In parallel with this consultation Ofqual are consulting on the revised regulatory requirements for the reformed GCSEs. The Ofqual consultation will be available here.

Report from Demos: Detoxifying school accountability

A report from Demos, published today. From Executive Summary:

This report strongly argues that the current model of accountability is profoundly toxic and is failing to achieve its stated goal of improving education. It sets out an alternative
regime, which would allow all children to achieve their potential, while ensuring the quality of education in schools is of a high standard. [...]

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Labour would reverse Gove’s A-level plan

From BBC:

Labour will reverse many of the coalition’s changes to A-levels if it wins the next election, shadow schools minister Kevin Brennan has told England’s exam regulator.

In a letter to Ofqual, Mr Brennan said Labour could not support “a policy that undermines both rigour and equity”[...]

Mr Brennan, writing to the chief exams regulator, Glenys Stacey, said “the weight of opposition” to decoupling the two sets of qualifications [A and AS levels --AB] was “overwhelming

He said the move would narrow students’ A-level choices, remove a key indicator for assessing university applicants and undermine progress in widening access to higher education. [...]

I understand that the secretary of state’s position on this constitutes a policy direction to you, but in undertaking your work we think that it is important to signal clearly what our position will be following the next general election.

It is on this basis that I write to you to inform you that a future Labour government in 2015 would not proceed with the decoupling of AS and A-levels.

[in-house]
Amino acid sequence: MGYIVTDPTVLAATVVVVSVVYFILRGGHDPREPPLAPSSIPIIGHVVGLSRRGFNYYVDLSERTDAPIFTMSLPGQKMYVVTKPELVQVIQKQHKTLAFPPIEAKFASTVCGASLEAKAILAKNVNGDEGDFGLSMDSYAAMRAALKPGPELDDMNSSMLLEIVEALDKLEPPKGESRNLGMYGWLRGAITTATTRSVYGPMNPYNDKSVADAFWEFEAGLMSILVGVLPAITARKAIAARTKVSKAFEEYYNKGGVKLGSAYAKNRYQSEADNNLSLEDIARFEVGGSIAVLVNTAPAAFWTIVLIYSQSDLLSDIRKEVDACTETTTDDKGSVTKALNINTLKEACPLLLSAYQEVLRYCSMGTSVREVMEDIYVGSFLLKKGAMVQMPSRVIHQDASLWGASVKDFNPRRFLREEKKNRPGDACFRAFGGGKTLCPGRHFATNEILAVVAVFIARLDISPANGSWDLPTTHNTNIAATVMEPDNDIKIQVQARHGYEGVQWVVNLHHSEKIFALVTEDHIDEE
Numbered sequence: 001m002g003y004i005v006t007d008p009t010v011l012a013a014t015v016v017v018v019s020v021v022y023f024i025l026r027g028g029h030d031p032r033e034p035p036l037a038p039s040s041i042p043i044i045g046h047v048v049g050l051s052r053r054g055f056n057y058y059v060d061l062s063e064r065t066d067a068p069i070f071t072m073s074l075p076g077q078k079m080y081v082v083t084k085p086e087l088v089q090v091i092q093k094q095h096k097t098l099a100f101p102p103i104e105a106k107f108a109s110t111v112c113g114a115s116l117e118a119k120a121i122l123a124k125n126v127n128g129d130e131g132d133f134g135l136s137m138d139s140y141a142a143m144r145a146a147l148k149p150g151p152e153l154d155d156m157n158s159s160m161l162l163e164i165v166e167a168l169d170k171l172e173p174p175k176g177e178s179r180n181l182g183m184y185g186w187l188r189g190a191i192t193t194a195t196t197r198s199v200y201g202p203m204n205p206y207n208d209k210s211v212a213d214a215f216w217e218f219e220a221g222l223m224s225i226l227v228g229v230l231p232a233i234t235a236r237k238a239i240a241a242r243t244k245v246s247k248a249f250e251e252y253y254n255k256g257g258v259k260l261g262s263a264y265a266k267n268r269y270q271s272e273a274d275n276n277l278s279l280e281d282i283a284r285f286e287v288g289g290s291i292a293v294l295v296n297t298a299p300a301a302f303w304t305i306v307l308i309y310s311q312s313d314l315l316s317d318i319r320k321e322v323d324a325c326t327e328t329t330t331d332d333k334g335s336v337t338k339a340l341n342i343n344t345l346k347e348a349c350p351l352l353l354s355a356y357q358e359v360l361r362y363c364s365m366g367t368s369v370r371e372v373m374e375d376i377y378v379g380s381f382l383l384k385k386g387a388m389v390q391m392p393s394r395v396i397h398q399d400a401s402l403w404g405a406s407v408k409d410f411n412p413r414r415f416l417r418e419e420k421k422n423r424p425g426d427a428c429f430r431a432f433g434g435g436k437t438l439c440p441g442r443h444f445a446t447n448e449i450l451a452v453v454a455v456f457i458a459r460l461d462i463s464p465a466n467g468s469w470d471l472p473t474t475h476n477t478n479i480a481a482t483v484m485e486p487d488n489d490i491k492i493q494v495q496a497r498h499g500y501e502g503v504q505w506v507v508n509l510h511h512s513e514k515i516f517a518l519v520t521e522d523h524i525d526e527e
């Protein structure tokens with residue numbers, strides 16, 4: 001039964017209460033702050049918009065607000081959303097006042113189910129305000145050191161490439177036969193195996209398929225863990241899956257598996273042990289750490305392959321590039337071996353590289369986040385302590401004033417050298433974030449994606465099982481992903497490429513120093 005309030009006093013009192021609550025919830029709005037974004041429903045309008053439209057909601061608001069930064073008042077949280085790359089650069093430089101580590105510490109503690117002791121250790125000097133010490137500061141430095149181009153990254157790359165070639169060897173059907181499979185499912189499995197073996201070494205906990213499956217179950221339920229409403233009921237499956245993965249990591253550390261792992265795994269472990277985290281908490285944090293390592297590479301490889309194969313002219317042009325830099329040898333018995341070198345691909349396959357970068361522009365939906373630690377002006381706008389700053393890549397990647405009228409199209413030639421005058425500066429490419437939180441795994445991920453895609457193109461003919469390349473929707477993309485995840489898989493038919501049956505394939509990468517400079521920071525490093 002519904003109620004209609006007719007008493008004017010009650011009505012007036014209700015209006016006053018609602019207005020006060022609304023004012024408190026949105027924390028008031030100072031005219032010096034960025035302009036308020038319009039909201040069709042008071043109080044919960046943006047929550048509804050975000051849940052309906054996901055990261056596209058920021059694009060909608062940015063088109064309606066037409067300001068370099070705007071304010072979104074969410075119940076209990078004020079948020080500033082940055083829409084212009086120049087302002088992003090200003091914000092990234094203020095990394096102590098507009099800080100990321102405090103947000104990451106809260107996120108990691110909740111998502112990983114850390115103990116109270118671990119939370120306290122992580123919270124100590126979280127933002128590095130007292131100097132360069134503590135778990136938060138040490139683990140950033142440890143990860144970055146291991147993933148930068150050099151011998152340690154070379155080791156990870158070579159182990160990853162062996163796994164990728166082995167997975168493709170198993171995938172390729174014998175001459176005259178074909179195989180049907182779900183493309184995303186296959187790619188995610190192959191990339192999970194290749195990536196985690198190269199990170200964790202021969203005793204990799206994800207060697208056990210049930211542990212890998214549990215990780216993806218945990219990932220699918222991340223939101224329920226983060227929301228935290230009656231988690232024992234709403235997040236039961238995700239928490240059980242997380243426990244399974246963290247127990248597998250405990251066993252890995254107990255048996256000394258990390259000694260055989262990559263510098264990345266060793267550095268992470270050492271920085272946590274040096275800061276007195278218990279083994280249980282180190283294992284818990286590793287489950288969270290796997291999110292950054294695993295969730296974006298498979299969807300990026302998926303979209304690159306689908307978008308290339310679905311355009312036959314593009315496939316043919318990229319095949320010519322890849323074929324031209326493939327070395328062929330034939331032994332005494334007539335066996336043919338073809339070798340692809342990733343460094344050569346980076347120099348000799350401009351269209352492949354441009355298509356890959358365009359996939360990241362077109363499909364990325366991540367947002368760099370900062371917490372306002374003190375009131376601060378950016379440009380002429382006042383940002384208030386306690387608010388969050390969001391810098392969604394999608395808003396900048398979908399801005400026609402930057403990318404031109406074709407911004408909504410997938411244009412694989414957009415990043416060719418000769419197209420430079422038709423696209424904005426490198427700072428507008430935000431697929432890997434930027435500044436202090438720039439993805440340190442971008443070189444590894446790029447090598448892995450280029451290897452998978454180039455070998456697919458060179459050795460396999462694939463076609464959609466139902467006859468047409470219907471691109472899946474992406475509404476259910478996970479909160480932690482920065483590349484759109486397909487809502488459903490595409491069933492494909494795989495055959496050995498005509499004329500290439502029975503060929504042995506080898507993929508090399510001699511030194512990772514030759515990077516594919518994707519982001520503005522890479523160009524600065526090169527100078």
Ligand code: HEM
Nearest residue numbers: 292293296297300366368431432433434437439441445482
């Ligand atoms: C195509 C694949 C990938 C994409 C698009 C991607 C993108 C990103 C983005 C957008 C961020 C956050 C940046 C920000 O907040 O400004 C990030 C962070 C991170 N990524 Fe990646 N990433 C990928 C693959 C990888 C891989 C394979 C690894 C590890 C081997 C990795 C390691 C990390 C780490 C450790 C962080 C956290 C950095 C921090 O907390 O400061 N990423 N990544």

The letter says that under Labour AS-levels would continue to be building blocks towards A-levels and students would continue to choose which AS-level subjects they take as full A-levels.

Mr Brennan also raises concerns about other aspects of the government’s plan, including “linear assessment for all subjects at the end of two years of study, the rushed timetable for implementation, and the limited evidence base on which the proposals have been made“.

A Labour spokesman added that further consultation with subject experts was needed before deciding the exact form of assessment for each A-level.

Read the whole article.

 

Russel Group’s comment on AS level reform

From the statement by Dr Wendy Piatt, Director General of the Russell Group:

“Results from AS-levels taken in Year 12 are useful to universities in the admissions process, especially in considering applications for the most competitive courses. [...]

“Whilst we have welcomed the Government’s review of the modular structure of the A-level, we do not believe this need be extended to the complete removal of the AS examination from the A-level.”

Primary maths pupils to be measured against top Asian countries?

From The Telegraph:

Speaking at a Westminster Education Forum on maths, Stefano Pozzi, the assistant director of the national curriculum review division at the Department for Education, said [...] [r]eferring to the maths curriculum [...]: “Really, we are setting a much higher benchmark than we currently do now.

“How we’ve done that is in part through benchmarking against the expectations in high performing countries. Basically, politicians ask – and they’re right to – why we are expecting less of our young than they expect in other countries where kids do well?”

Speaking after the forum, [...] [h]e added: “If you look at what we’re expecting kids to do with fractions – that’s the most obvious thing that we’re doing and proportional reasoning. That stuff kids find hard and adults find hard.”